The process for creating my pieces is a very long one. But basically, I dig through lots of “stuff” at flea markets, my house, other people’s houses, the dirt, visiting nature, resale stores and on and on. Sometimes the object gives me the idea and other times I have no idea where each individual piece will end up. It is very much like the work of a woodworker. There is a lot cleaning, deconstruction and then reconstruction. This can include sanding, refinishing, distressing, rusting, painting, nailing, drilling, screwing, gluing, tacking, cutting, sawing, soldering, and starting over!
My favorite piece that will be in the show is the one I call the Modern Angel. I think it is because one would not necessary identify the pieces applied to the object. It has a mouth harp on the front and old-fashioned ceiling tile embellishment. The tile is a replica of the original and made of a plastic. It feels inviting and open. I also enjoy that less is often more.
Inspiration for entering this show came from my daughter. I supported her and encouraged her to continue her music from age 8 to the present day. She started sending me the information on the show and “pushed” until I sent in the forms. “This is what you do isn’t it?”, she said.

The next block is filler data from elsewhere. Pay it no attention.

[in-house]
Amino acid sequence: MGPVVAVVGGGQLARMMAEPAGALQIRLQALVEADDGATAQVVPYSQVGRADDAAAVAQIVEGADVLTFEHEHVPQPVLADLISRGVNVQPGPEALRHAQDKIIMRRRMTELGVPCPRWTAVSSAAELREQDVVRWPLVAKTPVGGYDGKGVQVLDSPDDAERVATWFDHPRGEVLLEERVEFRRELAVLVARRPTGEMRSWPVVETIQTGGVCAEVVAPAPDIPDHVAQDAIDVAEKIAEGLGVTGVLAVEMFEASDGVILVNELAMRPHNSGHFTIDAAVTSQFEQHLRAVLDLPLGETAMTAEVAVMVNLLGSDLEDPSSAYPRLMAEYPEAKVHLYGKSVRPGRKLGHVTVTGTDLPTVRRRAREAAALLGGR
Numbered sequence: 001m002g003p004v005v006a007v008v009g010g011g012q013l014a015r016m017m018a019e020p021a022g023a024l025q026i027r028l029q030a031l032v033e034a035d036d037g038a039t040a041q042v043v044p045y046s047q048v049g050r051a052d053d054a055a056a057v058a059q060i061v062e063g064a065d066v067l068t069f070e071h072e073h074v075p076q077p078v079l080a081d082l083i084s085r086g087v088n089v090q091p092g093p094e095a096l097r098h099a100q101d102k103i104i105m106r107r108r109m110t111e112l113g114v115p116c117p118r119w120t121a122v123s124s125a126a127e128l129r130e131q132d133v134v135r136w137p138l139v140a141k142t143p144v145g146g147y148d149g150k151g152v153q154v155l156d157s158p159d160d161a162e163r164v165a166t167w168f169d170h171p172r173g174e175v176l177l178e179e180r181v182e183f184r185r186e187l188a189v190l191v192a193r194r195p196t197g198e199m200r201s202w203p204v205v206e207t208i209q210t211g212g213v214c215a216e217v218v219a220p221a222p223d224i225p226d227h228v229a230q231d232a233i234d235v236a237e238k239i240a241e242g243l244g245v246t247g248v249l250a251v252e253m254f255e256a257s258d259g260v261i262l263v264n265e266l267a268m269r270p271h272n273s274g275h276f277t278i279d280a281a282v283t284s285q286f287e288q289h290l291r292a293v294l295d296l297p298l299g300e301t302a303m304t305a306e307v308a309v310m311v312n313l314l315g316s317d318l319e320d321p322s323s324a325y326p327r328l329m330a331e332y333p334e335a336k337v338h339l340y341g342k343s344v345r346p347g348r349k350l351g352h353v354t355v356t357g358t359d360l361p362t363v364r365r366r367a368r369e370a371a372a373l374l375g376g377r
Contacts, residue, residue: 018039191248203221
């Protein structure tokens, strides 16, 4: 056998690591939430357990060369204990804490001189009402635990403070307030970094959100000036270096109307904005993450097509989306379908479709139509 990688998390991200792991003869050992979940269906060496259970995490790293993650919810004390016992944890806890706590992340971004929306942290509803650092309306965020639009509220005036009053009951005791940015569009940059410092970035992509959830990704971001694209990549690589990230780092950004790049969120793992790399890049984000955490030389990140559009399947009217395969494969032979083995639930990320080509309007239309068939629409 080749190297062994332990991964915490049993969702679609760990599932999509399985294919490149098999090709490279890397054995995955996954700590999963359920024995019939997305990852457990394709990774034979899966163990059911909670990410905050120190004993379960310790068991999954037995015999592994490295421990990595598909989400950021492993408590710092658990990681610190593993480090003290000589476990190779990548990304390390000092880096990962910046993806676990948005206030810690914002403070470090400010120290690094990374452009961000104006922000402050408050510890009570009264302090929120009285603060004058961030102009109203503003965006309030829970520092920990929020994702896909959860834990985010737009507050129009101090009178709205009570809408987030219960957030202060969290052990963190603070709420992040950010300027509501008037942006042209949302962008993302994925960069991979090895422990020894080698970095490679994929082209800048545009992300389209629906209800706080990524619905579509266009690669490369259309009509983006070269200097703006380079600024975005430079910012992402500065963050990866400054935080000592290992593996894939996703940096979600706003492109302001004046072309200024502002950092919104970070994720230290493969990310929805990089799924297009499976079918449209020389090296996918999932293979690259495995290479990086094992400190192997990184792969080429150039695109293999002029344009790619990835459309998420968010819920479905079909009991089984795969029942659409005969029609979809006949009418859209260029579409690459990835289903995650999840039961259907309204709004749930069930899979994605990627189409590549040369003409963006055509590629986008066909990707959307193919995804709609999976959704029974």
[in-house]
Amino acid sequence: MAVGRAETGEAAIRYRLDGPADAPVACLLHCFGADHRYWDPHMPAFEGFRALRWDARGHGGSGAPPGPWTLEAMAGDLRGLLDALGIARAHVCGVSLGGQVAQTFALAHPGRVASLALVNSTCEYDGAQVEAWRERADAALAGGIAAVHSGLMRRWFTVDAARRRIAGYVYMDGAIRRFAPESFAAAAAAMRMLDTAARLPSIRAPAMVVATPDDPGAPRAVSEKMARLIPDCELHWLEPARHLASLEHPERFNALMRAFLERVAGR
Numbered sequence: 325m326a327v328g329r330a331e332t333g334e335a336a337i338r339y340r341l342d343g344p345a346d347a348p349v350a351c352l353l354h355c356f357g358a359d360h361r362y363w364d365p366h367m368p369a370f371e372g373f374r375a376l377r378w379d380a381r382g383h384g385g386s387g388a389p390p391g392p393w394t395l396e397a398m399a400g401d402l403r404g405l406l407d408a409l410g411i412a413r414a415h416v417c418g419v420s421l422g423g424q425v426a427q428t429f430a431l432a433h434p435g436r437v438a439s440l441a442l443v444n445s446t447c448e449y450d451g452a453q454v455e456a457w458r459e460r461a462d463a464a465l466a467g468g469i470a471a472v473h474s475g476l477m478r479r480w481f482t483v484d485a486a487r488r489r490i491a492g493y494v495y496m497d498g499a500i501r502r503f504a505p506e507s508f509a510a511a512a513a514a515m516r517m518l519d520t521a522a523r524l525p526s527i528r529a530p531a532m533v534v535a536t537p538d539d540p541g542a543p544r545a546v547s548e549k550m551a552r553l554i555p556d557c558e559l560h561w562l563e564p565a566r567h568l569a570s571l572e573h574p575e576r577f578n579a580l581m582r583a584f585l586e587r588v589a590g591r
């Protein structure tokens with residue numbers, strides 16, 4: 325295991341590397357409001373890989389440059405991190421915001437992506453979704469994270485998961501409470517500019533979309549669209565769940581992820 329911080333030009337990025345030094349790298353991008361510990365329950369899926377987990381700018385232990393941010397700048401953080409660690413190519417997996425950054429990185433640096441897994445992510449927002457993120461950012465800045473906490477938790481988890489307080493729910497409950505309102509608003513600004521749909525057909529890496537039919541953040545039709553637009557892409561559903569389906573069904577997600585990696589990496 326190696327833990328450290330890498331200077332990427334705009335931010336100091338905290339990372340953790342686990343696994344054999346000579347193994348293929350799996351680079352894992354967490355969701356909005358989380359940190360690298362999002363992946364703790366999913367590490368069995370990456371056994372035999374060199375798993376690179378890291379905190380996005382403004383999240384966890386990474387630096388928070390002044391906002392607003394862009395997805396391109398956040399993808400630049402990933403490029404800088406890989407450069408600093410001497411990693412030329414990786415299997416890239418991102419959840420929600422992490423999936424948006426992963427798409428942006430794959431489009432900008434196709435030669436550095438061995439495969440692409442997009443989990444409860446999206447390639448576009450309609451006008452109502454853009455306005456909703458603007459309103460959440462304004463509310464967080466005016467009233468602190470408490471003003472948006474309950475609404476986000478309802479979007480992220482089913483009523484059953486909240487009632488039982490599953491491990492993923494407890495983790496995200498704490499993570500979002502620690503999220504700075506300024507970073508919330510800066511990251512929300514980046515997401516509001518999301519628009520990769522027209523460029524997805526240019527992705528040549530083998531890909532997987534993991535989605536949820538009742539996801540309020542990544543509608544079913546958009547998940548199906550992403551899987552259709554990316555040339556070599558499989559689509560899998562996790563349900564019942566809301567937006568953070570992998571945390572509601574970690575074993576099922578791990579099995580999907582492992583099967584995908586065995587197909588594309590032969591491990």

My work can be found on Facebook and Instagram by searching my name: Shannon McGarraugh
Monica Y. Parker
I am a Colorado native, born and raised in Springs, but I have traveled and lived all over the U.S.
I come from a very large family and all of us are artists. We are motley crew of musicians and visual artists.
I have always been interested in creating art. Even from a young age I liked working with my hands. As an adult I have more access to resources and find that has fed my need to create. I love to use recycled products found objects and even trash a lot of my other artwork includes jewelry, mobiles, coasters made from recycled vinyl albums, up cycled furniture and suitcases. I am also a photographer and I love music.
Well, do i have to pick just one [favorite piece]? There was a time I felt like I was always being followed by a little black cloud, like in the cartoons only you couldn't see mine. Then I heard Ma, my mother-in-law say "sometimes baby girl you just have to learn to laugh at yourself cause there is nothing you can do to change it". So, I did and I made me a little black rain cloud and hung it over my seat, and every time I see it it makes me giggle inside. And I love the whimsy of both the cloud and the mushrooms. As soon as I see an interesting shape of a bowl or a vase I get super excited to get home and make something neat.
Just laugh at yourself. figured it out, keep your childlike imagination and look for the good in everything instead of the bad. They are just small reminders and both the mushrooms and the clouds just make me happy.